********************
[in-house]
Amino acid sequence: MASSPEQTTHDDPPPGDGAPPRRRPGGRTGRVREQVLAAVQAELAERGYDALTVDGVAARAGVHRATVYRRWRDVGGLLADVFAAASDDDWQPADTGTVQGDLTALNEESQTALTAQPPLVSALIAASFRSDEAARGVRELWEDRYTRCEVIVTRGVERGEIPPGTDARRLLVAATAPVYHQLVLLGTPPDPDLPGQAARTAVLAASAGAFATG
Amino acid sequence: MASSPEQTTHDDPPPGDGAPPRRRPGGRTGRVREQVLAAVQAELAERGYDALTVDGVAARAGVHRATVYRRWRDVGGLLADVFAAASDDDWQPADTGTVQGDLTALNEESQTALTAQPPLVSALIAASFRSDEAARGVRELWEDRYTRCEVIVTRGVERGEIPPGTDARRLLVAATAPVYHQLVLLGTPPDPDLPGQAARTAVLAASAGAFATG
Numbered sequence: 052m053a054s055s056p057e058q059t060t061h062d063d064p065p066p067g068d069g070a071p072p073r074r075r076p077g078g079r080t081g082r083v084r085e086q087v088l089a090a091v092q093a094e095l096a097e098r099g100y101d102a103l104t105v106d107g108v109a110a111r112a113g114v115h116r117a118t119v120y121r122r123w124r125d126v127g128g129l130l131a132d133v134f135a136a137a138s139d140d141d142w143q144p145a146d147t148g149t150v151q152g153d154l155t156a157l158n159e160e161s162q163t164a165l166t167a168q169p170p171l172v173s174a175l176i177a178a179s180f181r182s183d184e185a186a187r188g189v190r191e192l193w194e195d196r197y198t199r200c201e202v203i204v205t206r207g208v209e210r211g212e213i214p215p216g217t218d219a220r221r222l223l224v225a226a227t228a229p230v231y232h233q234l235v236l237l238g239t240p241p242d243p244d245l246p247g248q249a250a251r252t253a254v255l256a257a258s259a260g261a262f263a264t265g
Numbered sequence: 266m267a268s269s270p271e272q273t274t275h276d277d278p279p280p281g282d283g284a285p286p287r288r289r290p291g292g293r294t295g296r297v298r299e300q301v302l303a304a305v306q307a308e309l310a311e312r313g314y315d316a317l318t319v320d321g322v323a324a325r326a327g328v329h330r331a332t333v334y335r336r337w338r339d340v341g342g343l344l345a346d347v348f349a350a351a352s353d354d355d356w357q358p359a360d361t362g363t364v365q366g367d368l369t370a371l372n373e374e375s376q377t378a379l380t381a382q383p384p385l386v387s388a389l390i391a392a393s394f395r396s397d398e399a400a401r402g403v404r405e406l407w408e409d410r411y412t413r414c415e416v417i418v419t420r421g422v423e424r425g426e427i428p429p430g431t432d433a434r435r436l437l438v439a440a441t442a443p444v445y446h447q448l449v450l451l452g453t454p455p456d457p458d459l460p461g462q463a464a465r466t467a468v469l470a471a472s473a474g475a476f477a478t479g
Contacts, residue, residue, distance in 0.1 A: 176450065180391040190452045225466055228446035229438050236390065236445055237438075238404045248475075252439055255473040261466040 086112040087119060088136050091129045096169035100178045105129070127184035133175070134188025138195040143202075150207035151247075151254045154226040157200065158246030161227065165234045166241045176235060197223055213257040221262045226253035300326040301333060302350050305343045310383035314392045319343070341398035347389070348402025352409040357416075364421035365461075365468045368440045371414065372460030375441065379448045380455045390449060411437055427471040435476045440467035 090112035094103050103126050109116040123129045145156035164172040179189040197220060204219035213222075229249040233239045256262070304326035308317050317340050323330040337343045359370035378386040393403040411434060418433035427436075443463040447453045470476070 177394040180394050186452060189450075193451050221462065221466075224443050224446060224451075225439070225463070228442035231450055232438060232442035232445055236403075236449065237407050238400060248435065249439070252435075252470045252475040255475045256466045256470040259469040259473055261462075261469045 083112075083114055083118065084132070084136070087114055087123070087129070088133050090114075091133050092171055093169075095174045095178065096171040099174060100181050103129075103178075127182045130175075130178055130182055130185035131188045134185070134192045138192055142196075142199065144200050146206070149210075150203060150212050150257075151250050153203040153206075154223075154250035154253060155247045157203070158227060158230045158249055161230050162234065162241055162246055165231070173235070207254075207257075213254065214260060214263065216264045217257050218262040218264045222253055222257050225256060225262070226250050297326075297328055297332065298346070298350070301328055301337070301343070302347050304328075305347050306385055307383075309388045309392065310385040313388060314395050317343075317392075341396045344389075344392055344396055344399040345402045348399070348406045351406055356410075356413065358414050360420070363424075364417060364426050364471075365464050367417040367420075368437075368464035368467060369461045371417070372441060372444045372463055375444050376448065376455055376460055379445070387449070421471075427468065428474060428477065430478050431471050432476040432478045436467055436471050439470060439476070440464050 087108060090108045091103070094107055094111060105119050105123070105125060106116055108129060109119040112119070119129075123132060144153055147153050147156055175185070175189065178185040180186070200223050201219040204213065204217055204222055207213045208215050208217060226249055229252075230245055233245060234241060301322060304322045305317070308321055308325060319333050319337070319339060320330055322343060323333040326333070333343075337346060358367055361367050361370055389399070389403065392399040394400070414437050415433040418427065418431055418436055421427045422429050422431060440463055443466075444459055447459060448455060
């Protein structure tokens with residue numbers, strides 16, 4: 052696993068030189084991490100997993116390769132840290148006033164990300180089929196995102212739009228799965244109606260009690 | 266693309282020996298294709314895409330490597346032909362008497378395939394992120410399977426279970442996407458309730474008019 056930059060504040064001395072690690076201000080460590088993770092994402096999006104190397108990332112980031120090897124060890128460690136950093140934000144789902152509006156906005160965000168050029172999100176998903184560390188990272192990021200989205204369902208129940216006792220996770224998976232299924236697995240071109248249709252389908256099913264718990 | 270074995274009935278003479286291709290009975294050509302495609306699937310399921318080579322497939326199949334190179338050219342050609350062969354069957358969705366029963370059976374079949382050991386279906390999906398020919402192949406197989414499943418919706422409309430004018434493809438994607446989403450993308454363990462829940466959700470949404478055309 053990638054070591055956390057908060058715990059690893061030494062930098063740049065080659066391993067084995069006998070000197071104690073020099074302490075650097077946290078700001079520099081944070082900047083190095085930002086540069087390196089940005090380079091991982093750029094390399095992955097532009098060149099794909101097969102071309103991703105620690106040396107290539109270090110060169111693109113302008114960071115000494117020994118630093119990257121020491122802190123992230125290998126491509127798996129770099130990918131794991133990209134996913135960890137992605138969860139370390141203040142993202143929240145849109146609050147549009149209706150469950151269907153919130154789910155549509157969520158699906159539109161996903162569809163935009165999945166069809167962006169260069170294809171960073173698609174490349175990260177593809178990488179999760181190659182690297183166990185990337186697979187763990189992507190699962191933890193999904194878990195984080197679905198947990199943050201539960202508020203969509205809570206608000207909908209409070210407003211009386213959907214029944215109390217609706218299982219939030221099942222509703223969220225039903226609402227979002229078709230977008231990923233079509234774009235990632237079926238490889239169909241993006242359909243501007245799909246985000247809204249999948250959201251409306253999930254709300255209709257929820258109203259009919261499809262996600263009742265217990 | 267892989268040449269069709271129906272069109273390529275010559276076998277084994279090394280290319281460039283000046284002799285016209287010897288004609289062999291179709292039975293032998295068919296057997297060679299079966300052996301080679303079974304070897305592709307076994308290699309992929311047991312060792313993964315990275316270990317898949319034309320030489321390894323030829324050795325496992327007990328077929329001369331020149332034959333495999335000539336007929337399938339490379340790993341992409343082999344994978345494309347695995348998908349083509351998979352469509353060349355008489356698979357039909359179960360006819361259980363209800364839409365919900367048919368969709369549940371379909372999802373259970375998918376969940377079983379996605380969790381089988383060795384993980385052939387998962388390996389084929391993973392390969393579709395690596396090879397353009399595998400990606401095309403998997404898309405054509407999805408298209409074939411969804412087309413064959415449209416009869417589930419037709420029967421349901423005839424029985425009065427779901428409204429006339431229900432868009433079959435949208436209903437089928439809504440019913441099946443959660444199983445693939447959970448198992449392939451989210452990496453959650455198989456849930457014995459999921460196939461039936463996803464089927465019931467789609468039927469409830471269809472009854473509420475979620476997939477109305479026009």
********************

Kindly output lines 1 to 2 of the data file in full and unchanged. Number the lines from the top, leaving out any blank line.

[in-house]
Amino acid sequence: MASSPEQTTHDDPPPGDGAPPRRRPGGRTGRVREQVLAAVQAELAERGYDALTVDGVAARAGVHRATVYRRWRDVGGLLADVFAAASDDDWQPADTGTVQGDLTALNEESQTALTAQPPLVSALIAASFRSDEAARGVRELWEDRYTRCEVIVTRGVERGEIPPGTDARRLLVAATAPVYHQLVLLGTPPDPDLPGQAARTAVLAASAGAFATG